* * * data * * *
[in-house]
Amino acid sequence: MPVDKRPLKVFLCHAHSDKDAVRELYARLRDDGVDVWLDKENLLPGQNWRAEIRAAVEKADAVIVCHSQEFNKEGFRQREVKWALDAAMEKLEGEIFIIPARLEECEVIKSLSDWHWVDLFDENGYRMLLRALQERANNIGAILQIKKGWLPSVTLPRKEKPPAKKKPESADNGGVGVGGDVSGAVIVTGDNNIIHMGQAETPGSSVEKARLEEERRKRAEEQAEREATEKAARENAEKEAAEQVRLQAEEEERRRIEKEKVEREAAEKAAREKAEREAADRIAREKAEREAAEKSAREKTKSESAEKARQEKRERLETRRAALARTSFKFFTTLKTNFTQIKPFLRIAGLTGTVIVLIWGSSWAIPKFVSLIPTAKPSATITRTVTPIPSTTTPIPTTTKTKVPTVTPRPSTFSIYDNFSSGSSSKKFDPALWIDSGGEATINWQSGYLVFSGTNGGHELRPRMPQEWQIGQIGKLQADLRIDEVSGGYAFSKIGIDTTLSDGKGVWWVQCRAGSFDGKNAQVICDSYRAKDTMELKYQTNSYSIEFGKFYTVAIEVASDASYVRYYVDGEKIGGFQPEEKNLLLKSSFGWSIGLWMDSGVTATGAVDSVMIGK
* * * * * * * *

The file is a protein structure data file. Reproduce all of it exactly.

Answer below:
[in-house]
Amino acid sequence: MPVDKRPLKVFLCHAHSDKDAVRELYARLRDDGVDVWLDKENLLPGQNWRAEIRAAVEKADAVIVCHSQEFNKEGFRQREVKWALDAAMEKLEGEIFIIPARLEECEVIKSLSDWHWVDLFDENGYRMLLRALQERANNIGAILQIKKGWLPSVTLPRKEKPPAKKKPESADNGGVGVGGDVSGAVIVTGDNNIIHMGQAETPGSSVEKARLEEERRKRAEEQAEREATEKAARENAEKEAAEQVRLQAEEEERRRIEKEKVEREAAEKAAREKAEREAADRIAREKAEREAAEKSAREKTKSESAEKARQEKRERLETRRAALARTSFKFFTTLKTNFTQIKPFLRIAGLTGTVIVLIWGSSWAIPKFVSLIPTAKPSATITRTVTPIPSTTTPIPTTTKTKVPTVTPRPSTFSIYDNFSSGSSSKKFDPALWIDSGGEATINWQSGYLVFSGTNGGHELRPRMPQEWQIGQIGKLQADLRIDEVSGGYAFSKIGIDTTLSDGKGVWWVQCRAGSFDGKNAQVICDSYRAKDTMELKYQTNSYSIEFGKFYTVAIEVASDASYVRYYVDGEKIGGFQPEEKNLLLKSSFGWSIGLWMDSGVTATGAVDSVMIGK